• Join over 1.2 million students every month
  • Accelerate your learning by 29%
  • Unlimited access from just £6.99 per month

The impact of human activity in tropical rainforests - examples from Madagascar.

Extracts from this document...


´╗┐The impact of human activity in tropical rainforests Impact of human activity: deforestation: Destruction of the world?s tropical rainforests is a major environmental issue. Deforestation is the deliberate clearance of woodland by cutting, burning or the application of a defoliant, such as that used during the 1960s by American troops to clear the jungle in Vietnam. In some developing countries and NICs, tropical rainforests, such as those in the Amazon basin in South America, and in Indonesia and Malaysia in the far east, are being destroyed at an alarming rate. There are claims that half of the world?s original rainforests have already been cleared, with an area the size of the UK being cleared every year. Climatic climax vegetation has been destroyed and this has resulted in both secondary succession and pagioclimax. The vegetation that eventually grows to replace the original rainforest tends to be smaller in height and less diverse, with a reduction in the overall biomass. Causes of deforestation: * Demand for hardwood, such as teak, for building and furniture is increasing and many developing countries rely on export earnings from timber to help pay their debts and finance major development projects * Deforestation also occurs to provide land for rubber plantations, cattle ranches for ...read more.


* Burning associated with forest clearance leads to local air pollution and contributes to climate change * Deforestation can have economic benefits in terms of income from farming, mining and exports of hardwood. However, the culture of indigenous people is destroyed and they may be forced to move from their land ECOSYSTEMS AND BIODIVERSITY: Deforestation in Madagascar: Madagascar, a large island located off the east coast of Africa, is one of the world?s most threatened hot spots for terrestrial biodiversity and is a priority for conservation action. Much of Madagascar?s flora and fauna is endemic: 98% of land mammals and 68% of plants exist nowhere else. * After 1896, when Madagascar became a French colony, the Malagasy forests were rapidly depleted. * Localised logging for fuel wood and clearing for agriculture were partly to blame; however this was mostly small scale. * Since the 1950s, rates of deforestation have increased rapidly, although this is not unique to Madagascar In 1985, it was estimated that only 34% of the original rainforest remained in Madagascar and that deforestation was most rapid in areas of low relief and high population density. ...read more.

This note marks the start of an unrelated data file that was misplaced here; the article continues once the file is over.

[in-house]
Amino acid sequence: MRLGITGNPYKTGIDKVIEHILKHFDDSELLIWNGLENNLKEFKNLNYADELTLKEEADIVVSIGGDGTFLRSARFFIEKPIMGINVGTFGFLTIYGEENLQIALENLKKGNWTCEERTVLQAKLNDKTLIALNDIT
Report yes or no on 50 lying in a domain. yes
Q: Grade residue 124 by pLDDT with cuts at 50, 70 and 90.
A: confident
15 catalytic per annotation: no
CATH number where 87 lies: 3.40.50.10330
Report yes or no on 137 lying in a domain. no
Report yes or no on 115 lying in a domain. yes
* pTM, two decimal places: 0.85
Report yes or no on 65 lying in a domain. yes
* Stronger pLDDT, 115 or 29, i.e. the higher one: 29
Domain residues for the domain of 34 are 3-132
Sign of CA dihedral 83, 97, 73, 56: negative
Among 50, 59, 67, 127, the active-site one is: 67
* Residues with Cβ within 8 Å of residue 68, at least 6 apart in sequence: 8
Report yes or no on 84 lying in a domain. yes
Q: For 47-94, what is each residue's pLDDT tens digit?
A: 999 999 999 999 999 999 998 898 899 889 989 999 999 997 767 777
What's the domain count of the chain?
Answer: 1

direct sunlight may reach the forest floor and increased evaporation Effects on the biosphere include: loss of biomass, decrease in number and range of important habits, decrease in species and genetic diversity and rapid soil erosion, which leads to a loss of nutrients Solving the deforestation problem: non-protectionist approaches: The establishment of protectionist approaches to managing the problem may only be a partial solution. Other options include the following: * Debt swapping. This is scheme initiated in the USA whereby banks based in MEDCs agree to reduce or remove debts from and LEDC, by allowing their debts to be purchased at a fraction of their real value and then used to finance conservation projects * Promote changes in agriculture. Changes in the current methods of farming may help protect soils. Palm trees can be planted, which increase the fertility of the soil and act as an interception layer, thus reducing storm runoff. The replanting of vegetables and hardwoods will also help to improve soil condition. * Changes in harvesting methods. Selective logging, rather than clear felling, allows the forests to regenerate more naturally * Increase the number of small scale conservation projects. More locally based conservation schemes may be possible, given adequate funding from foreign organisations e.g. WWF ...read more.